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Digital Business Lawyer

Volume: 5 Issue: 3
(March 2003)


News

The US Supreme Court ruled 9-0 that Victoria’s Secret, the US lingerie retailer, had not had its trademark diluted by a Kentucky-based sex shop, Victor’s Little Secret. / read more

The UK Committee of Advertising Practice launched a new code on March 4 which makes obtaining the ‘explicit consent of consumers’ necessary before they can be sent emails and text messages. / read more

Rightsholders are warning directors in leading blue chip corporations that they could face ‘criminal sanctions’ and their companies could face substantial claims for damages if their employees are found to be downloading copyright material at the workplace. / read more


Features

The long-awaited, much maligned and massively expensive 3G revolution is soon to be with us.

The failure of over-hyped and under achieving WAP services has bred a degree of cynicism amongst observers and wariness among consumers about the potential of these services.

There are still question marks about the quality of handsets and concerns about the speed with which data will be transmitted. Yet, as some observers have pointed out, the expense, clunkiness and technical difficulties of the first mobile phones should not be forgotten - those early difficulties did not stop them becoming the ubiquitous phenomenon that they now are. / read more

On 4 March 2003 the Committee of Advertising Practice (“CAP”) launched the 11th edition of the “British Codes of Advertising and Sales Promotion”, now entitled the “British Code of Advertising, Sales Promotion and Direct Marketing” (the “CAP Code”). The revised CAP Code introduced a number of new provisions relating to the use of individuals’ data for marketing activities including in relation to electronic methods of communications. The changes may well seem familiar to those acquainted with Directive 2002/58/EC, which deals with privacy in the electronic communications sector. Have the provisions of the Directive been implemented by the back door? / read more

Last month Google purchased Pyra Labs, the parent company of blogger.com, one of a number of successful companies providing customers with the tools to set up their own weblogs or “blogs”. AOL is said to be preparing to add blogging to the homepage services it offers users and major internet players are now becoming involved in and promoting the use of blogs. This rapid development of a new form of publishing by individuals involves legal risks for blogging publishers, who are likely to ignore the fact that material published on the internet can be accessed in any country in the world and will be subject to the laws of numerous jurisdictions. No legal claims have yet been brought against the operater of a blog site, but it may only be a matter of time. / read more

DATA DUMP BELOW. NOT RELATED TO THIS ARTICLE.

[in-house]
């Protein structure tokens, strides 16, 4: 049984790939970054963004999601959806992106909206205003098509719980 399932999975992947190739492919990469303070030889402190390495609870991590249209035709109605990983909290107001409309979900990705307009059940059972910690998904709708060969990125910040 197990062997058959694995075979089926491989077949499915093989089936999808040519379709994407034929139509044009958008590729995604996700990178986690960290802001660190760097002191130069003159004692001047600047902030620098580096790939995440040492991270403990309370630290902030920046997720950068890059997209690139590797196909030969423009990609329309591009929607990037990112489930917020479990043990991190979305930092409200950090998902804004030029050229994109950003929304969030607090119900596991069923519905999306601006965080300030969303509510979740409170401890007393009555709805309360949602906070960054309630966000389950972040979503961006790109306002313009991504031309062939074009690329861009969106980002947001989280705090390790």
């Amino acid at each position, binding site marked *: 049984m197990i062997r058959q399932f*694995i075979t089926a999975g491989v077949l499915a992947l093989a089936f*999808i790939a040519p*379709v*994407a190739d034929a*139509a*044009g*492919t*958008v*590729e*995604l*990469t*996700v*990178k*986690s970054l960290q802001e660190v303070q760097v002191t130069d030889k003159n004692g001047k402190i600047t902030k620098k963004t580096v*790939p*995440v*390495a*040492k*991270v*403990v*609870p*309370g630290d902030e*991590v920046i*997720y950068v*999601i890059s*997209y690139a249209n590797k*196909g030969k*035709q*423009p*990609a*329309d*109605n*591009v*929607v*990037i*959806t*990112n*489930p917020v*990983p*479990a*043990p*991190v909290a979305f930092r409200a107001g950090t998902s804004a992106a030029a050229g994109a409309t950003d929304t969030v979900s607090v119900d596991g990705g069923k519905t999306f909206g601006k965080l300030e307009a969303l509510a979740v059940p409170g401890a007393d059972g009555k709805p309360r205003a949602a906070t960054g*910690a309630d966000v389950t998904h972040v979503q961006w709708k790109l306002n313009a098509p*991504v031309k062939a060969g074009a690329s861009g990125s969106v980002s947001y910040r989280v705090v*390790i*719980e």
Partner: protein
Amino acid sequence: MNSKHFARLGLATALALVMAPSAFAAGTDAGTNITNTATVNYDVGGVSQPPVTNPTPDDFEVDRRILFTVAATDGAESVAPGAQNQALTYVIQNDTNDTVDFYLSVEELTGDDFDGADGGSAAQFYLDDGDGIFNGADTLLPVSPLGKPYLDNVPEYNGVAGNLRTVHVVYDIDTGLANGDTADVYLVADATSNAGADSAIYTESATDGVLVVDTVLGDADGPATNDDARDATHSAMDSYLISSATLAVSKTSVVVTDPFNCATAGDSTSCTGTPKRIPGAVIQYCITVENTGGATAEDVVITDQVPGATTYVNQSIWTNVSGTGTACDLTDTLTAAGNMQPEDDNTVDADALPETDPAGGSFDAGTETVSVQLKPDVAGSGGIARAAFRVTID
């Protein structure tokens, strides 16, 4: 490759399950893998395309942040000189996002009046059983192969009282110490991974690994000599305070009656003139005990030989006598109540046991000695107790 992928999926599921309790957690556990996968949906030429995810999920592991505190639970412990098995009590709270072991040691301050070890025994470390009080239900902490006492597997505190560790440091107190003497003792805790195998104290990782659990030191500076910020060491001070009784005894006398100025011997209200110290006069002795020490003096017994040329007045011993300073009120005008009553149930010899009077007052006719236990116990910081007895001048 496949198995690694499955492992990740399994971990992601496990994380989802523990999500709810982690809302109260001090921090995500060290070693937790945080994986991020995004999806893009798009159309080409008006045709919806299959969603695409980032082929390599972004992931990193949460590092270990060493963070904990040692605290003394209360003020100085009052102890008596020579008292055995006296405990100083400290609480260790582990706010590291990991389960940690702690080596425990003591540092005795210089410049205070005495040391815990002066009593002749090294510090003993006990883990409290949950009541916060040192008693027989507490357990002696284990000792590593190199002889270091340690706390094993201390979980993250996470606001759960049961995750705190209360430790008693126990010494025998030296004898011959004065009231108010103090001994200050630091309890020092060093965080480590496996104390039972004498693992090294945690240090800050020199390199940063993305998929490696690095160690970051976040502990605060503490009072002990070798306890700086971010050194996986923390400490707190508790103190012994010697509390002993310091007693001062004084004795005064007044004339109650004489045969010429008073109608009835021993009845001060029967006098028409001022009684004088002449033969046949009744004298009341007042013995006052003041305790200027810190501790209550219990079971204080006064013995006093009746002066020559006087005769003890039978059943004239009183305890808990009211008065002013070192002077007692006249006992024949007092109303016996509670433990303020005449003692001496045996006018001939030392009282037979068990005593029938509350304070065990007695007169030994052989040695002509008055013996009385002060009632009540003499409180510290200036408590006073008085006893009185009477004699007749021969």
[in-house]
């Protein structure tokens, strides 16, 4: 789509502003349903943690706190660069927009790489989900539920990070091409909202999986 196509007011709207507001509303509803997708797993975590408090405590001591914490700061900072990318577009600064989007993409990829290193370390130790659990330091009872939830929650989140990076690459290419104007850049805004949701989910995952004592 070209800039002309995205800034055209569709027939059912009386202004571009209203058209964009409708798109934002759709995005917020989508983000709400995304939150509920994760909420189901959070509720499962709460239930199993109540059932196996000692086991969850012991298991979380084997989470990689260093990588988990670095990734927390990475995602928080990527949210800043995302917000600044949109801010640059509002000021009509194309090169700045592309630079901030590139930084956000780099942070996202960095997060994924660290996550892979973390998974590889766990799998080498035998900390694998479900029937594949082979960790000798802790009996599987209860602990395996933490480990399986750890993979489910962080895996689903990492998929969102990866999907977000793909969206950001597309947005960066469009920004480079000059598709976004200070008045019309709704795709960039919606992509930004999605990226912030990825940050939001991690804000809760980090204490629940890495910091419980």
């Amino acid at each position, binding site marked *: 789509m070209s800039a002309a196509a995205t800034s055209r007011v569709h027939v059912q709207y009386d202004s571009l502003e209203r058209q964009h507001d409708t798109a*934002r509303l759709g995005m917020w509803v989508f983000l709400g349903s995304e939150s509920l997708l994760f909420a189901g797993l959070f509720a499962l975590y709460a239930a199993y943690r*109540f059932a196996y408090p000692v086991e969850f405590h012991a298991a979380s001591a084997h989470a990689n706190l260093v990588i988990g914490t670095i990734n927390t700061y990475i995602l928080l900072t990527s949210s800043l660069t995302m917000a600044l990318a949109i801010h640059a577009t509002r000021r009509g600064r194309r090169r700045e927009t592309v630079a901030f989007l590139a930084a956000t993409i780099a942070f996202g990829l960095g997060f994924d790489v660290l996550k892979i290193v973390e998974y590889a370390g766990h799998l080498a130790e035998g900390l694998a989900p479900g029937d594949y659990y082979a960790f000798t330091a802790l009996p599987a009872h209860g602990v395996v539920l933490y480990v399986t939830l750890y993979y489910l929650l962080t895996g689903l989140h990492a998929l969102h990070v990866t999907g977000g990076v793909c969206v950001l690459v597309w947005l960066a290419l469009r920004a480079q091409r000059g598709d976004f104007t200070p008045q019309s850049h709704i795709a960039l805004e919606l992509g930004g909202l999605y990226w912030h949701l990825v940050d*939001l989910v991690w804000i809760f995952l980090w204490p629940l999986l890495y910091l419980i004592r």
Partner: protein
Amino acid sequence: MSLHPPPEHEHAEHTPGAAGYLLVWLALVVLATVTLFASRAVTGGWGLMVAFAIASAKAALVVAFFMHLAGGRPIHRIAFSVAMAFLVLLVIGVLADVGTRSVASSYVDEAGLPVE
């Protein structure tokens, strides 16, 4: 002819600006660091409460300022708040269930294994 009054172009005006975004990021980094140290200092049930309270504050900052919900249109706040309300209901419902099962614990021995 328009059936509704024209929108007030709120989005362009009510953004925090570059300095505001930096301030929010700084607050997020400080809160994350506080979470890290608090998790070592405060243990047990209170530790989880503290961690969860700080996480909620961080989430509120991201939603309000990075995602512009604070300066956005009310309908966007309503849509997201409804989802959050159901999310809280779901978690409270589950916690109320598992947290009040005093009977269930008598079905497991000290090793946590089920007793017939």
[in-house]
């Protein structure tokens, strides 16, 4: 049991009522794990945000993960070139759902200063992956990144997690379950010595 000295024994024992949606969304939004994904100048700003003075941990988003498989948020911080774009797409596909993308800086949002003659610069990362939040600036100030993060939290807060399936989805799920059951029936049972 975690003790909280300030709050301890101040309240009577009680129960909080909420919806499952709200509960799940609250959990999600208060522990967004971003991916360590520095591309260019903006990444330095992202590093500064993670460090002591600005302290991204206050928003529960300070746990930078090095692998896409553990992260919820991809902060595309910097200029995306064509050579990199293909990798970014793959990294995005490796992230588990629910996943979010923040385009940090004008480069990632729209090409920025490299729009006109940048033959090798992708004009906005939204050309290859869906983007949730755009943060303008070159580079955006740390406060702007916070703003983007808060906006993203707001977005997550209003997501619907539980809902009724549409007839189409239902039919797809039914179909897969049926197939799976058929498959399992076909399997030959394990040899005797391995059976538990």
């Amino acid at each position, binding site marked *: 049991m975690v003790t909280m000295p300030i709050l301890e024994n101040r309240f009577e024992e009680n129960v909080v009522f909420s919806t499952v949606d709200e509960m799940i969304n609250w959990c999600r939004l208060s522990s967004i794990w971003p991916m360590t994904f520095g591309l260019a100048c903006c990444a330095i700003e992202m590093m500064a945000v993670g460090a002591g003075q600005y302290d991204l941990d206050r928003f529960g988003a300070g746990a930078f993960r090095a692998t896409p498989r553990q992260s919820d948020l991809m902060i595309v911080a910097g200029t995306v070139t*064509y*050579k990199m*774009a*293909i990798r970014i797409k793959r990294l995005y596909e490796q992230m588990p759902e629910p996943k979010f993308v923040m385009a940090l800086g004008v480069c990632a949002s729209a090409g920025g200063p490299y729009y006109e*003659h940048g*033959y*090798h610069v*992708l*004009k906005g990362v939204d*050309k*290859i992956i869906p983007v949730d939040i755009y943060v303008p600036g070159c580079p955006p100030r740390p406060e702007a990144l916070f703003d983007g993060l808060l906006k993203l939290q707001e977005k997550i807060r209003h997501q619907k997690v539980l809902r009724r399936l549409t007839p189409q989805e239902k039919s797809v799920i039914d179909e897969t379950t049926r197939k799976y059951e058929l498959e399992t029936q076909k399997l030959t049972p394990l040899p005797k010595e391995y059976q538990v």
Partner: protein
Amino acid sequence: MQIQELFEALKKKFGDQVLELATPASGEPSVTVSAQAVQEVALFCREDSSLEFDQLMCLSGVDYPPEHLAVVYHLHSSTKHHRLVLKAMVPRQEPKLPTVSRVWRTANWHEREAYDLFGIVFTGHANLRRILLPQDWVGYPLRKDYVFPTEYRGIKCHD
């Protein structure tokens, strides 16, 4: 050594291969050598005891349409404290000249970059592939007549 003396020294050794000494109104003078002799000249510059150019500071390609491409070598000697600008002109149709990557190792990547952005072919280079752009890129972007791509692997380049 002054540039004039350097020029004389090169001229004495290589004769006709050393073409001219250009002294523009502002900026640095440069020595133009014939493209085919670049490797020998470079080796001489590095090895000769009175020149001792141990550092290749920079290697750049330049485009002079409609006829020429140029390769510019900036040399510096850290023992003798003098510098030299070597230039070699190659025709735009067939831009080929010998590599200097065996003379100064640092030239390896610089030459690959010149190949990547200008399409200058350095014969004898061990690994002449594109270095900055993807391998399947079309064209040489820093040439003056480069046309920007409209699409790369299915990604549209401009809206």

As seen in the article “Hyper Distribution and the Mobile Network” in last month’s edition of e-commercelaw&policy, “peer to peer” (P2P) communication has become a hugely significant force in the media world, both in the fixed and mobile arenas. Once again we will be focussing in this article on the phenomenon of “peer power” and the ability of the rightsholder community to reclaim it from the pirates and unauthorised users. However, in doing so, will they risk crossing the line into illegality themselves? / read more

Following years of debate, European Community Directive 2001/29/EC “on the harmonisation of certain aspects of copyright and related rights in the information society” (“the Directive”) will be transposed into UK Law - it is intended but now looks unlikely - by 31 March 2003. This article examines the key elements of the Directive and its likely implementation into UK law. / read more

Measures announced in the Chancellor’s Pre-Budget Report provide a valuable incentive for smaller technology companies to develop new remuneration strategies. This article looks at what’s on offer. / read more

Micropayments are big business: recent research indicates that one in five UK adults have paid for SMS alerts or logos in the past year in a market worth £140 million. A mere £60 million was spent on ring tones. Less than a year after the UK’s regulatory regime for electronic money came into force, the Financial Services Authority (“FSA”) is reviewing its guidance on the type of payment schemes which are caught by the legislation. The review has been spurred by the growing use of prepaid mobile airtime to pay for a range of services. In essence, the FSA’s message is “if it looks like e-money, we’ll regulate it”. The development of 3G and other new services is also being kept under review. This article considers developments in online payment systems and their regulation in the UK since 27 April 2002 and the blurring of the distinction between conventional e-money and reverse billing payment models. / read more


About Digital Business Lawyer:

The monthly publication providing authoritative insights and thought leadership on the legal/regulatory issues affecting online business, covering distance selling, contracts, domain names, adblocking, advertising, cloud computing, net neutrality, e-privacy, data protection, cyber crime, the Internet of Things, social media, internet taxation and software / read more

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